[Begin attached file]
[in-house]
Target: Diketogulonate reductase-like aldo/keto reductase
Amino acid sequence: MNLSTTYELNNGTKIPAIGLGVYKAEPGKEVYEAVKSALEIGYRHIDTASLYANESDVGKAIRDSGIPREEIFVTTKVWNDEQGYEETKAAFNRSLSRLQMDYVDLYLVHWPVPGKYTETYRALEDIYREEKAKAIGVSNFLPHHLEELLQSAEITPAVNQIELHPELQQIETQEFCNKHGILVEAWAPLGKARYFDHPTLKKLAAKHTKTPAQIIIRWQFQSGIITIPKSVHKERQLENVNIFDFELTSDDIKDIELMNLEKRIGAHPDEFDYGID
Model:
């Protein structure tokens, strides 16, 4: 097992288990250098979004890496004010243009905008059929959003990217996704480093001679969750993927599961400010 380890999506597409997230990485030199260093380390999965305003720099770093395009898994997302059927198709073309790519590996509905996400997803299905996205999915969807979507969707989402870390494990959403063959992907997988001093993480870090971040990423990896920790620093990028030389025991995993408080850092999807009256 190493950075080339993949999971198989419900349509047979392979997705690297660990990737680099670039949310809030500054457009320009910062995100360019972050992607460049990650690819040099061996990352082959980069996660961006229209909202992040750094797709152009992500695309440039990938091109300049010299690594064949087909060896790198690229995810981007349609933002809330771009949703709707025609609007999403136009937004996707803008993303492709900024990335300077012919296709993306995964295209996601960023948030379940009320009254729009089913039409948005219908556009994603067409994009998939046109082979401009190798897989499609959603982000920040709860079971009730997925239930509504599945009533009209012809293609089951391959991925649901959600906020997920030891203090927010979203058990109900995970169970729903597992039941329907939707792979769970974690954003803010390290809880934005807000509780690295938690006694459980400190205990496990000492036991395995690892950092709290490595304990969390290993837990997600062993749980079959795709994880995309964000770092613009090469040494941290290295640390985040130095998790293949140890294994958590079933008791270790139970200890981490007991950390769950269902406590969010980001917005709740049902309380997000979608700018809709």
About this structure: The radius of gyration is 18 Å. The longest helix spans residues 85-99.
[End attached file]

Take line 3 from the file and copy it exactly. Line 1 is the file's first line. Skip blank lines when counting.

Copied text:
Amino acid sequence: MNLSTTYELNNGTKIPAIGLGVYKAEPGKEVYEAVKSALEIGYRHIDTASLYANESDVGKAIRDSGIPREEIFVTTKVWNDEQGYEETKAAFNRSLSRLQMDYVDLYLVHWPVPGKYTETYRALEDIYREEKAKAIGVSNFLPHHLEELLQSAEITPAVNQIELHPELQQIETQEFCNKHGILVEAWAPLGKARYFDHPTLKKLAAKHTKTPAQIIIRWQFQSGIITIPKSVHKERQLENVNIFDFELTSDDIKDIELMNLEKRIGAHPDEFDYGID